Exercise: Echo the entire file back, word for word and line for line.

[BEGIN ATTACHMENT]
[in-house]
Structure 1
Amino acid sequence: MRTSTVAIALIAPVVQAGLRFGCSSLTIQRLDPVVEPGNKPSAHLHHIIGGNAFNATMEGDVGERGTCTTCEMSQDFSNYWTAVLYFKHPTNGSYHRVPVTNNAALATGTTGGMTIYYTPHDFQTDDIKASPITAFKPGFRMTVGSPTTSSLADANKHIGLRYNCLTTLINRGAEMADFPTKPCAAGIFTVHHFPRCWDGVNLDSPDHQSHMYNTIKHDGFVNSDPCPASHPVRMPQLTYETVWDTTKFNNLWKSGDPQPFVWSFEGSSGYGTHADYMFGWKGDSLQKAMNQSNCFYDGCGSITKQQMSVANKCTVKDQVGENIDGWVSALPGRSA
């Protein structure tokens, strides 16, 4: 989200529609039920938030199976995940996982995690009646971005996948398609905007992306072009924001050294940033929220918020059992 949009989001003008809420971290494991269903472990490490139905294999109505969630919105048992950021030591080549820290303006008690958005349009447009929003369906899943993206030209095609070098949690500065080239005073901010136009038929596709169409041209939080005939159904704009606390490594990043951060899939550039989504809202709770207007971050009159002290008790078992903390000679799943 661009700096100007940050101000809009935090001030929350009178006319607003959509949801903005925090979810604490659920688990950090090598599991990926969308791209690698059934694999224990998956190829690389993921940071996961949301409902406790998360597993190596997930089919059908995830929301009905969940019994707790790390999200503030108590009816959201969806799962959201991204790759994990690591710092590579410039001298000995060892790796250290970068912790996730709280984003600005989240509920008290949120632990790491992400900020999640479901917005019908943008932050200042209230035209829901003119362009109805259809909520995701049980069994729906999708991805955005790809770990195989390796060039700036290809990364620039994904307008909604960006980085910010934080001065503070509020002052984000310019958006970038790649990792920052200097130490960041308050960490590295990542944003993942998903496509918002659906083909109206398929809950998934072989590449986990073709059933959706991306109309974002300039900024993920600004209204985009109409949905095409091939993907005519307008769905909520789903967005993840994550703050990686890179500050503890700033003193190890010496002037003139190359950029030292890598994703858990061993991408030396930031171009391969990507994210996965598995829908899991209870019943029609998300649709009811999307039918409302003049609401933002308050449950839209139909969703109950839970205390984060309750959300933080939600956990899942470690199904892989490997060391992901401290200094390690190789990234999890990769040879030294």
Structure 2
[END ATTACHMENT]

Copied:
[in-house]
Structure 1
Amino acid sequence: MRTSTVAIALIAPVVQAGLRFGCSSLTIQRLDPVVEPGNKPSAHLHHIIGGNAFNATMEGDVGERGTCTTCEMSQDFSNYWTAVLYFKHPTNGSYHRVPVTNNAALATGTTGGMTIYYTPHDFQTDDIKASPITAFKPGFRMTVGSPTTSSLADANKHIGLRYNCLTTLINRGAEMADFPTKPCAAGIFTVHHFPRCWDGVNLDSPDHQSHMYNTIKHDGFVNSDPCPASHPVRMPQLTYETVWDTTKFNNLWKSGDPQPFVWSFEGSSGYGTHADYMFGWKGDSLQKAMNQSNCFYDGCGSITKQQMSVANKCTVKDQVGENIDGWVSALPGRSA
């Protein structure tokens, strides 16, 4: 989200529609039920938030199976995940996982995690009646971005996948398609905007992306072009924001050294940033929220918020059992 949009989001003008809420971290494991269903472990490490139905294999109505969630919105048992950021030591080549820290303006008690958005349009447009929003369906899943993206030209095609070098949690500065080239005073901010136009038929596709169409041209939080005939159904704009606390490594990043951060899939550039989504809202709770207007971050009159002290008790078992903390000679799943 661009700096100007940050101000809009935090001030929350009178006319607003959509949801903005925090979810604490659920688990950090090598599991990926969308791209690698059934694999224990998956190829690389993921940071996961949301409902406790998360597993190596997930089919059908995830929301009905969940019994707790790390999200503030108590009816959201969806799962959201991204790759994990690591710092590579410039001298000995060892790796250290970068912790996730709280984003600005989240509920008290949120632990790491992400900020999640479901917005019908943008932050200042209230035209829901003119362009109805259809909520995701049980069994729906999708991805955005790809770990195989390796060039700036290809990364620039994904307008909604960006980085910010934080001065503070509020002052984000310019958006970038790649990792920052200097130490960041308050960490590295990542944003993942998903496509918002659906083909109206398929809950998934072989590449986990073709059933959706991306109309974002300039900024993920600004209204985009109409949905095409091939993907005519307008769905909520789903967005993840994550703050990686890179500050503890700033003193190890010496002037003139190359950029030292890598994703858990061993991408030396930031171009391969990507994210996965598995829908899991209870019943029609998300649709009811999307039918409302003049609401933002308050449950839209139909969703109950839970205390984060309750959300933080939600956990899942470690199904892989490997060391992901401290200094390690190789990234999890990769040879030294």
Structure 2